Mounting Holes for the WET-11 Wireless Bridgeversion 0.3
The Linksys WET-11 wireless bridge can't easily be mounted with status lights in front and the antenna pointing up. Holes in the back would help.
Dissasembly of the WET-11 is pretty easy.
Take off all four feet even though only two of them have screws underneath.
That way the back lies flat while you're working on it.
I used the point of a fingernail file to push and pry the feet off--their
undersides are just flat and glued on.
After removing the two screws, next find the label that says, "If this seal is removed or broken, the product warranty will be void." If you accept the awesome responsibility of voiding the warranty, split the seal so it doesn't hold the two halves together. Then pry the halves apart gently with a screw driver. There's a minor pop on two of the corners, nothing difficult.
Here are some views of the insides. Looks like the guts of the device is a
PCMCIA card, or at least in the package of one-- I didn't try plugging it into any
computers. Here's the side with the external connectors and switches:
The PCMCIA connector and status LEDs:
There are some chips under the PCMCIA card.
I wonder whether they're running Linux; the device does put up a web page.
Sorry, not a great photo:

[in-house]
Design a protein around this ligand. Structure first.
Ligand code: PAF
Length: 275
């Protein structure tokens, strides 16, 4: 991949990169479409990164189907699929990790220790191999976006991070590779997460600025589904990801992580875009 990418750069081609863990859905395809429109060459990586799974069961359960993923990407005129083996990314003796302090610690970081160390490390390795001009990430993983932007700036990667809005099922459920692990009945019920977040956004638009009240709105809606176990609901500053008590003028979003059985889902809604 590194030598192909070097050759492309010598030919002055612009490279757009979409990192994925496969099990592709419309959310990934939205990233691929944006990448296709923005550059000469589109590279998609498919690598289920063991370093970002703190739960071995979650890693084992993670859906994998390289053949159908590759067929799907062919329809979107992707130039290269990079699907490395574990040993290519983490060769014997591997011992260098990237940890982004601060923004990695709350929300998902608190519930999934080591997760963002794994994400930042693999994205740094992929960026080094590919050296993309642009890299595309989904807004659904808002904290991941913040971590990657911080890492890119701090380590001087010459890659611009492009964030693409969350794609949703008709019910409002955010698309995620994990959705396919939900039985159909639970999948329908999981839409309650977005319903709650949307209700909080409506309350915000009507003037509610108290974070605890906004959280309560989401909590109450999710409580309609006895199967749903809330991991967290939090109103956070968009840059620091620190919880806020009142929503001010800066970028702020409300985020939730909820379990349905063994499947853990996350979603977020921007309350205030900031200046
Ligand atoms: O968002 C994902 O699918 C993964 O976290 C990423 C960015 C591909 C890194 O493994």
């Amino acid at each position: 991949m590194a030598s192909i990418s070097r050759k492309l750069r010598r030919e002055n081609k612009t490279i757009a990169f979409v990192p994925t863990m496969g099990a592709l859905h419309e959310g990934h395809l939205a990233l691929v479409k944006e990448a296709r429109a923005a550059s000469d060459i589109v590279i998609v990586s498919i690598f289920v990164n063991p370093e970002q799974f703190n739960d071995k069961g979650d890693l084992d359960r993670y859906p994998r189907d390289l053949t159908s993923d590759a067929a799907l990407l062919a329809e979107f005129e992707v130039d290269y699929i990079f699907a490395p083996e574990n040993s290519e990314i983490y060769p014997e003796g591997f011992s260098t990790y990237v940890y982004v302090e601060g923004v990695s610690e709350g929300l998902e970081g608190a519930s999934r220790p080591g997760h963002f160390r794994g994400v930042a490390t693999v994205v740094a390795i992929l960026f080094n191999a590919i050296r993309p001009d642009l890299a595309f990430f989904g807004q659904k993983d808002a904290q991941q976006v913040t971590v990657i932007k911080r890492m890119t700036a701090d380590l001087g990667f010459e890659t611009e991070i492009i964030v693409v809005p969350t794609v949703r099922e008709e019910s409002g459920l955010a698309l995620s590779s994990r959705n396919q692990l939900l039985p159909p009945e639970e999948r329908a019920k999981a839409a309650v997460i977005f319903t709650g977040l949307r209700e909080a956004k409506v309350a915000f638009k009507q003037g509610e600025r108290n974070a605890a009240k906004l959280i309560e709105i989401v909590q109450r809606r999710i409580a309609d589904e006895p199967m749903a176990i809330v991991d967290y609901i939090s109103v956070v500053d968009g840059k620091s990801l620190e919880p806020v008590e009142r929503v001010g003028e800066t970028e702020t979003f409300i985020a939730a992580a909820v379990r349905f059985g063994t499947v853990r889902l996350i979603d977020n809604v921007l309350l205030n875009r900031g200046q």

The external antenna connector, plugged into the card with an N-connector:
And the underside of the PC board. This is mainly to show that there are
two areas near the middle with no exposed metal:
Here's the inside back cover.
The antenna connector opening is at the top.
This surface is closest to the back of the PC board when the unit is assembled.
Notice the eight blue blebs in a square. They may just be mold marks, or
they may help hold the circuit board away from the cover.
I've marked where I want to make two... gourd-shaped holes, the lower one is clear.
The skinny tops of the holes are where the mounting screw heads will end up, so they're
opposite the blank areas of the circuit board mentioned above.
Here's my drill press. I used a 1/16" bit for pilot holes, a 1/8" bit for the
skinny ends of the gourds, and a 1/4" bit for the fat ends:
Here is the inside after drilling. Shown are the 1/16", 1/8" and 1/4" drill bits,
the wonderful hole-cleaning bit whose name escapes me at the moment, a
screwdriver, and the fingernail
file I finally cleaned the holes up with.
To punch the straight necks of the gourds, I used the screwdriver--
not recommended as hammering the handle of a screwdriver
can easily break it off or loosen its grip on the shaft.
I used 1/4" thick, dense craft foam--
the pink material-- underneath, and a notebook underneath that, while punching.
To get the gourd necks 1/8" wide after I did my best by punching,
I used the 1/8" bit in the drill as a grinder.
Here's the effect on the label on the back:
The guts slide into one half of the case by angling the connectors into their holes, then the halves pop together easily. Screw the two screws back in. I put the feet back on with glue-stick glue.
I found two short wood screws with the right diameter and conical heads,
screwed them into
...and mounted the WET-11. Success!
Up to my home page.